The financial burden of paying for health care is one of the main barriers to accessing care for people in developing countries. As described in the study by Leive and Xu, formal mechanisms for financing health care such as insurance and loans are almost non-existent and the poorest households in developing countries turn to selling their assets and borrowing from friends and family members to cover costs in the case of health emergencies. In many of these same developing nations, microfinance institutions are helping people to start businesses and generate income by providing small structured loans outside of the regular banking system to members of the population. Many of these microfinance institutions are already starting to offer health protection for their current clients – as one of the major reasons for loans defaulting is illness and its associated costs. Programs such as the Microfinance and Health Protection program from Freedom from Hunger are helping microfinance institutions to establish health protection programs with education and savings programs but currently most of these programs are only in place for borrowers who have business loans with the microfinance institution. It seems that there is a space for established microfinance institutions to step in and assist with health care financing such as loans and savings plans for people in the communities that they serve even if they are not business borrowers.
As these institutions are already established in communities in developing countries, they already have the access and mechanisms in place to provide financing to those in need. In an article In the Ghana Medical Journal Akua Ofori-Adjei discusses this point by pointing out that microfinance institutions can “leverage the outreach and rapport that they have established with their clients and the community to reach a greater number of people.” Utilizing current infrastructure and community access would allow loans to be set up quickly and could help to provide access to people who would otherwise have no way of financing their health care costs. Organizations such as Kiva which promotes social lending, allowing those with funds to lend money to individuals in developing nations (through microfinance organizations), could help raise the initial funds needed to provide health care loans.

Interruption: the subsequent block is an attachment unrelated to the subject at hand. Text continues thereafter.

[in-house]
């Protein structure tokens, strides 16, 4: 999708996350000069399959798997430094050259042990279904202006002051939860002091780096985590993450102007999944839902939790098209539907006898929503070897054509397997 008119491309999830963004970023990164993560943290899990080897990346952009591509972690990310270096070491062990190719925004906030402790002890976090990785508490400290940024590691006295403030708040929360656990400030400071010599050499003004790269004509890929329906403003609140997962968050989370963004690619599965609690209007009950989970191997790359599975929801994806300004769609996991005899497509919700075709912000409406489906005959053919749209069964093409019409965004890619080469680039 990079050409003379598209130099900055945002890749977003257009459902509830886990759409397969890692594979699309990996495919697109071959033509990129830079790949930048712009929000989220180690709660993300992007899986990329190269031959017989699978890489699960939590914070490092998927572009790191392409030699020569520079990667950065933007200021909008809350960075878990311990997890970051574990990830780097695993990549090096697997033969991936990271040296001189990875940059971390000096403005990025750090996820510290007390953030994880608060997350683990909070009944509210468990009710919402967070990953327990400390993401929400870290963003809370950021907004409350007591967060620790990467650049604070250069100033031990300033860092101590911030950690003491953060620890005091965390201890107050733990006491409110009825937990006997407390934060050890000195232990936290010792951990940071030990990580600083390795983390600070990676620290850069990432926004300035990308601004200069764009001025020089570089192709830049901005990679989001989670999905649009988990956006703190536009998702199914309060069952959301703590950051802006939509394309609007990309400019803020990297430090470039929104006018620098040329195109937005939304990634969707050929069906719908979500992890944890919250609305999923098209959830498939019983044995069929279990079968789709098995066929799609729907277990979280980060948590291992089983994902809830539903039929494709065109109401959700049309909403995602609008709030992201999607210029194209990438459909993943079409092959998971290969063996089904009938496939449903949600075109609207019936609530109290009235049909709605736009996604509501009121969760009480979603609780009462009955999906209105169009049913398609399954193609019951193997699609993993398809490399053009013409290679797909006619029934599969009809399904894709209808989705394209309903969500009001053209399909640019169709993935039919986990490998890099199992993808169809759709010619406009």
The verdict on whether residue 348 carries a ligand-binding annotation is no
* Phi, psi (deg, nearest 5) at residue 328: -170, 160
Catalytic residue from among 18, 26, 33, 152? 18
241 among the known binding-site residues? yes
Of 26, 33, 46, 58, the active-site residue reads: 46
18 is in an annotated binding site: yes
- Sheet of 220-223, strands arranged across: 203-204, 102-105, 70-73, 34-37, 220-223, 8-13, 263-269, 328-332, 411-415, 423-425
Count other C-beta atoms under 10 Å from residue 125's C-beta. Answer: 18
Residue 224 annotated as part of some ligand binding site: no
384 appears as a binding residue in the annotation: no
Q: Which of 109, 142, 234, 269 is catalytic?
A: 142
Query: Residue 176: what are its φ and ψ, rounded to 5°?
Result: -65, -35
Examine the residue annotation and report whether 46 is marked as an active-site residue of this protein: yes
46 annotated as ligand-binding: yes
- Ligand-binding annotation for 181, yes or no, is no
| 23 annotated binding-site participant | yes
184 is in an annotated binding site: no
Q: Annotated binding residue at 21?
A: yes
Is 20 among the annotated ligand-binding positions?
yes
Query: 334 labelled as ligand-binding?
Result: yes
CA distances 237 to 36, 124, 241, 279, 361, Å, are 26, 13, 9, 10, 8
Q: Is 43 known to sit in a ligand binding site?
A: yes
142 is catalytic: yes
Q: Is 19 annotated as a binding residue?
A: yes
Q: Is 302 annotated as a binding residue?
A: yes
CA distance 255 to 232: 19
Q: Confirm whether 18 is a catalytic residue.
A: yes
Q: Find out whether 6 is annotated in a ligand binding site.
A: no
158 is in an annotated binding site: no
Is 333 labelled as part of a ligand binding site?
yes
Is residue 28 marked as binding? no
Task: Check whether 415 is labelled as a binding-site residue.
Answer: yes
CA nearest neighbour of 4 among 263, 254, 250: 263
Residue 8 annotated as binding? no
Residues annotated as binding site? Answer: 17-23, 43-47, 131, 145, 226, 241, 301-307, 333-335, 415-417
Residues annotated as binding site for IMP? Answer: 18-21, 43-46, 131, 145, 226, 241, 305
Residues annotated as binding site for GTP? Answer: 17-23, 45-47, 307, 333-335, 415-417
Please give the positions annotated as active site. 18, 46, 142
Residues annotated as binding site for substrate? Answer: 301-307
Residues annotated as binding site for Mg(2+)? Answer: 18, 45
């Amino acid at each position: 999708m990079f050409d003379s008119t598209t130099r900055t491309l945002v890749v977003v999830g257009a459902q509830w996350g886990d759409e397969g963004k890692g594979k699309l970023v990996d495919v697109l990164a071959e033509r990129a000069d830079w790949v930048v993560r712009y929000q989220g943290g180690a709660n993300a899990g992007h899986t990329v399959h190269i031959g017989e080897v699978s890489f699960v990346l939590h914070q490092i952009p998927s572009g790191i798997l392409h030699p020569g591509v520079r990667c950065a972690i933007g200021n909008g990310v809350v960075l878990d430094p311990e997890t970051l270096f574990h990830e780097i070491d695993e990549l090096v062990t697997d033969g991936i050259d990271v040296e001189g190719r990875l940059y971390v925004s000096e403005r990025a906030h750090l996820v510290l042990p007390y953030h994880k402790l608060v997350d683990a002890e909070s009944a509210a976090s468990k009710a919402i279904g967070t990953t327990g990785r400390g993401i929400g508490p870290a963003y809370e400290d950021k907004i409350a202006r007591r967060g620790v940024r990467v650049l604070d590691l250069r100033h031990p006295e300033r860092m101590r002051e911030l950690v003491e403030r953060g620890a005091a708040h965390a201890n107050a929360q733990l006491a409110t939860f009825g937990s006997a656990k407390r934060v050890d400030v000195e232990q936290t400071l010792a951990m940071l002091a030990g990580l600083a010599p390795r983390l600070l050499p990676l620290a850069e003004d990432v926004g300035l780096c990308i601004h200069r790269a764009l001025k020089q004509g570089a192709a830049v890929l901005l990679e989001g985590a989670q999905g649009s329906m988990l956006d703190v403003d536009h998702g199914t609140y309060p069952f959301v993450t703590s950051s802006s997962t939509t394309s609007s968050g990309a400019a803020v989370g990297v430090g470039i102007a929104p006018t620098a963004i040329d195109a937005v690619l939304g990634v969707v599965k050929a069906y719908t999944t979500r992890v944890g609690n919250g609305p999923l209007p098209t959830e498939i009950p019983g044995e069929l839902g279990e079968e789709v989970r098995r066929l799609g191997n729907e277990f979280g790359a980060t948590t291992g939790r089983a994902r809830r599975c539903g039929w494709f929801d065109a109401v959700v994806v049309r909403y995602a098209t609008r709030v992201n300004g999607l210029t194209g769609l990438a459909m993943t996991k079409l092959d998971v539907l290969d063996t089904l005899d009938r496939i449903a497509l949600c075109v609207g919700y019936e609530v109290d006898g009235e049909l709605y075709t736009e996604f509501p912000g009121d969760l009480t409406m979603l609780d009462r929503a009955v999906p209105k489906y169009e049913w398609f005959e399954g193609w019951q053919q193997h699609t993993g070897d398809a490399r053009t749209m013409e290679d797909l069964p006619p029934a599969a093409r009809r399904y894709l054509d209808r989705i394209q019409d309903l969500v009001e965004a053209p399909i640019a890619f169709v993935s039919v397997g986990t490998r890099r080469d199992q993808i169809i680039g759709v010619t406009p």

Microfinance institutions offering health care loans is not a panacea for the problem of affordable health care in developing nations. These loans would still need to be paid back, and microfinance institutions tend to charge high interest rates on the money they lend. Other mechanisms for financing or even the removal of the need for financing such as micro-insurance and the removal of user fees as discussed in the article by Yates are being tested in developing nations, but the availability of funds to people in developing nations could allow people to get access to healthcare without having to sell off their assets or borrow from their communities.
“Microfinance and Health Protection :: Freedom from Hunger.” Combining Microfinance, Education, and Health Protection to End World Hunger. :: Freedom from Hunger. Web. 09 Nov. 2011. .
Kiva – Loans That Change Lives. Web. 09 Nov. 2011. .
Leive, A., & Xu, K. (2008). Coping with out-of-pocket health payments: Empirical evidence from 15 African countries. Bulletin of the World Health Organization, 86 (11), 849-856.
Ofori-Adjei, Akua. “Microfinance: An Alternative Means of Healthcare Financing for the Poor.” Dec. 2007. Web. 09 Nov. 2011. .
Yates, R. (2009). Universal health care and the removal of user fees. The Lancet, 373, 2078-2081